The Gang at Arlington Farms

In 1943, while all my cousins sought employment in the steel mills of McKeesport, Pa., replacing the men who went into uniform, I wished to do something more. I was 18, and the Navy Department was actively recruiting young female civilians to work in its offices in Washington.

I went to live in a place called Arlington Farms, a farm that had been converted into a small town with about 9,000 residents -- all of them female. It was situated across from Arlington National Cemetery and within walking distance of the Pentagon.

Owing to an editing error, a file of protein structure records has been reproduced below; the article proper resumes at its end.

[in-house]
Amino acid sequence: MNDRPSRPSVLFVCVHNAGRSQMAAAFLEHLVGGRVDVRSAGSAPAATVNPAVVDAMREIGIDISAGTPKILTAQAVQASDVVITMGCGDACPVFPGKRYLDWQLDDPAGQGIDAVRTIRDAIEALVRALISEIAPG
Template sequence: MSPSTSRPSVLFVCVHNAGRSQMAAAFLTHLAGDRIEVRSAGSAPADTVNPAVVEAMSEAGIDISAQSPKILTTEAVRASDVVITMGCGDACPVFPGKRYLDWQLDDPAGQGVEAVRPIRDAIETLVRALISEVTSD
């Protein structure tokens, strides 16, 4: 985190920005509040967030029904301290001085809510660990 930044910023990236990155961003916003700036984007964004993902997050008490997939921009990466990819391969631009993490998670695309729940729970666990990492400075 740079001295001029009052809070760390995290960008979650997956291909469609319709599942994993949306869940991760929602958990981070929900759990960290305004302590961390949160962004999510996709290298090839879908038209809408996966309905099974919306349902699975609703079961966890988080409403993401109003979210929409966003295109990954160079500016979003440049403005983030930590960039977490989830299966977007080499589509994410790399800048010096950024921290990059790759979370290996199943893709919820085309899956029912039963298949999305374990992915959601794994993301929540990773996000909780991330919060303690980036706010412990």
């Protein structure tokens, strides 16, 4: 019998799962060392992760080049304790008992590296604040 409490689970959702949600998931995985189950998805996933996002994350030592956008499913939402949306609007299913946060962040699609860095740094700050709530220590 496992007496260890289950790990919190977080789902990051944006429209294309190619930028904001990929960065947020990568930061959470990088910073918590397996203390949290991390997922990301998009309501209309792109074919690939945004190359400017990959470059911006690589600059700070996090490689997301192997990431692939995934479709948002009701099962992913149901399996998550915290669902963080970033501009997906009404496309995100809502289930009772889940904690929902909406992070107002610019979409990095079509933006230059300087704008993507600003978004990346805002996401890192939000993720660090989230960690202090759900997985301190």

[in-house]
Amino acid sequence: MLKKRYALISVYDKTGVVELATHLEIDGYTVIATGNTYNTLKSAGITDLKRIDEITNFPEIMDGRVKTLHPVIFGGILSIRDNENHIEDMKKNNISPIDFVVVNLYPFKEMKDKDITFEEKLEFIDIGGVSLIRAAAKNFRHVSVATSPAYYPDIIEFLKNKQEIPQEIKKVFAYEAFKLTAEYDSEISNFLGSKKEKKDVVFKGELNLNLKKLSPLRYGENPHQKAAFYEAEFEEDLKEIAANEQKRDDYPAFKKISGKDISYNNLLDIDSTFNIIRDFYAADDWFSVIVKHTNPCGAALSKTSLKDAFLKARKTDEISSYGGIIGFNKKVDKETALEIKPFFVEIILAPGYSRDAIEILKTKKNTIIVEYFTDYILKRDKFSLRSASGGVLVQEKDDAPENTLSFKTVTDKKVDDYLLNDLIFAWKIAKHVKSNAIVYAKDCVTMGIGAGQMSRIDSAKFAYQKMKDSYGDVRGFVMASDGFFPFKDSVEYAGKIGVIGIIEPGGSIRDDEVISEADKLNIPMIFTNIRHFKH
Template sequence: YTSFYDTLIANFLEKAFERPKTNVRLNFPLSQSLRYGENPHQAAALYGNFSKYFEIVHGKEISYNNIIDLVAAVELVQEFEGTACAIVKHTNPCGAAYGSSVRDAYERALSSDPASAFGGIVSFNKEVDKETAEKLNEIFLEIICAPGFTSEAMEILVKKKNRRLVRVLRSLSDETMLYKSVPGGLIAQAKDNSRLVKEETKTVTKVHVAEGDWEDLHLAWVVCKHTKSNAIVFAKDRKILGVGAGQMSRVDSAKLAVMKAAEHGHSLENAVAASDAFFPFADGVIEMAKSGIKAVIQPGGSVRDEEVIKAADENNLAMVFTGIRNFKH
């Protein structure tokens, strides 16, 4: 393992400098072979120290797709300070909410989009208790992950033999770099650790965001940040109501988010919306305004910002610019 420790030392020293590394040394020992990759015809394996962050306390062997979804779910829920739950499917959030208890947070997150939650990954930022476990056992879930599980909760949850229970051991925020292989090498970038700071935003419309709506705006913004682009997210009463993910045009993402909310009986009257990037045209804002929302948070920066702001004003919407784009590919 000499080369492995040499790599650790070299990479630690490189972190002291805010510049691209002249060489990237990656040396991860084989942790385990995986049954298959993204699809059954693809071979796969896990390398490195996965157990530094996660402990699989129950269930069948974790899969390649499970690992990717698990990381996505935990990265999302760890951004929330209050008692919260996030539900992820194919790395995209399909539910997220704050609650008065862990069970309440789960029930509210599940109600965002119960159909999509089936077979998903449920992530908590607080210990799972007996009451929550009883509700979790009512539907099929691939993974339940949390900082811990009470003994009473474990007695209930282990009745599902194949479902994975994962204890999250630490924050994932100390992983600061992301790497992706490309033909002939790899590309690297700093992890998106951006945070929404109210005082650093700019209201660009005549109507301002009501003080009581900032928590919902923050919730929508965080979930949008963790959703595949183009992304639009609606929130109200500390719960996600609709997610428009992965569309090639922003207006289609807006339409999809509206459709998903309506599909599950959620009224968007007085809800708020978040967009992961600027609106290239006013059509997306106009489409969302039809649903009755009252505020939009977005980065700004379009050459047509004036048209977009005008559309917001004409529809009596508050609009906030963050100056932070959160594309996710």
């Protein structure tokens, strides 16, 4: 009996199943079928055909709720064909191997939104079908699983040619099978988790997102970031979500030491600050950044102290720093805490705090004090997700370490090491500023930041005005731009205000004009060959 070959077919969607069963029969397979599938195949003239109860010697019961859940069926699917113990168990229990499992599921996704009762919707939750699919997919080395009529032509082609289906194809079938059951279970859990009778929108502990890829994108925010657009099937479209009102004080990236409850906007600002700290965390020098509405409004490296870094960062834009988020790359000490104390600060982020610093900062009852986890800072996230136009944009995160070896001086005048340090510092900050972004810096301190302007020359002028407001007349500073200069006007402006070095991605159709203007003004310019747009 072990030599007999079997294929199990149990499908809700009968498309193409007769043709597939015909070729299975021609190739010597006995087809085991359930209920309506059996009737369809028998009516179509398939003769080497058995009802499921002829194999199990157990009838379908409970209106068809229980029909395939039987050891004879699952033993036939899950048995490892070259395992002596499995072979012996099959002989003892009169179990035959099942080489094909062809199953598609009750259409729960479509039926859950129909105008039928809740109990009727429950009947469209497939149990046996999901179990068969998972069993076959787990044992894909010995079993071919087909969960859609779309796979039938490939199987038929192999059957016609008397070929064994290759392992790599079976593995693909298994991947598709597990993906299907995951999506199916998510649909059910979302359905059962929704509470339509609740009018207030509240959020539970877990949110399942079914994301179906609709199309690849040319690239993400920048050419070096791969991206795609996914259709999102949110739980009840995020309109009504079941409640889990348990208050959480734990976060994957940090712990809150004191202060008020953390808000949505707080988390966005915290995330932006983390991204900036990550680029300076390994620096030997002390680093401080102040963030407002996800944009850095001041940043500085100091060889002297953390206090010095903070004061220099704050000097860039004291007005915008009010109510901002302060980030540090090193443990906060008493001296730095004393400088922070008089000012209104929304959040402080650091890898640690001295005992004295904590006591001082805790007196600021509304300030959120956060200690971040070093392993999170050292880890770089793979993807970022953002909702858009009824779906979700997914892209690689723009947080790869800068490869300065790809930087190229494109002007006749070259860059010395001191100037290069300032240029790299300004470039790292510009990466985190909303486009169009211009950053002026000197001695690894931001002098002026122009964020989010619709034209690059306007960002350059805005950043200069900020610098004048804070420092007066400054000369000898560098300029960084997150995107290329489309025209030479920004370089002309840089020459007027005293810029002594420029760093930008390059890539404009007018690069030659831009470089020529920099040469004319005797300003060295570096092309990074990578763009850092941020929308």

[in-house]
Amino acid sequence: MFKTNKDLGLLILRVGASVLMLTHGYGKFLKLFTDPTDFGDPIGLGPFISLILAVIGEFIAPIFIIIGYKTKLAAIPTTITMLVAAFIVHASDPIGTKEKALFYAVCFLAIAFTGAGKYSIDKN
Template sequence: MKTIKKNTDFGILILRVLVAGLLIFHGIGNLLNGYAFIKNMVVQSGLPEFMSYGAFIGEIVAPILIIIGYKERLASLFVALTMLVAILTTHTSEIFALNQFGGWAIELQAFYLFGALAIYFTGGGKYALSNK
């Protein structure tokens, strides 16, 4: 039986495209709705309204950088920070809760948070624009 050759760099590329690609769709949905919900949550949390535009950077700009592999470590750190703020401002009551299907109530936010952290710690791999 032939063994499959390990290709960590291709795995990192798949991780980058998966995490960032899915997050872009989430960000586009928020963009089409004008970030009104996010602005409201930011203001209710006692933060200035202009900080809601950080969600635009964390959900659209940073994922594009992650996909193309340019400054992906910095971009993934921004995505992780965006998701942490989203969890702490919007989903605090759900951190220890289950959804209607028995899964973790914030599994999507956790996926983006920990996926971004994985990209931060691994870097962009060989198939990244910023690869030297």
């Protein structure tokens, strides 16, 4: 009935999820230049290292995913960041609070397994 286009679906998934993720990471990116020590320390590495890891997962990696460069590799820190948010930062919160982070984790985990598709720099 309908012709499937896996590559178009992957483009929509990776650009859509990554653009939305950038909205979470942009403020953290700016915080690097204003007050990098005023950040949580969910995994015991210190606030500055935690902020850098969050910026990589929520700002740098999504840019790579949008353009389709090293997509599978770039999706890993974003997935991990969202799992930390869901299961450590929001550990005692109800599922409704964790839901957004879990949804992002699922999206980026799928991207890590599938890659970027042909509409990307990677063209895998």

Nine two-story dormitories housed women between the ages of 17 and 65, though most were in their late teens and early twenties. We also had our own mess hall, snack bar, theater, bowling alley, post office, beauty shop, dry cleaners and department store. On Monday nights, the dormitory doors were closed to all male visitors, and the lobby became the site of a huge pajama party.

I lived there for four years while working at Marine Corps headquarters. Eventually, Arlington Farms was razed and became part of the cemetery.

My mother told me some years later that she permitted my going to D.C. because she was sure I would be back home within the week. How wrong she was. I'm still here 61 years later.

-- Elsie Bray, Arlington

Elsie Bray's Navy Department credential and some of her ration stamps.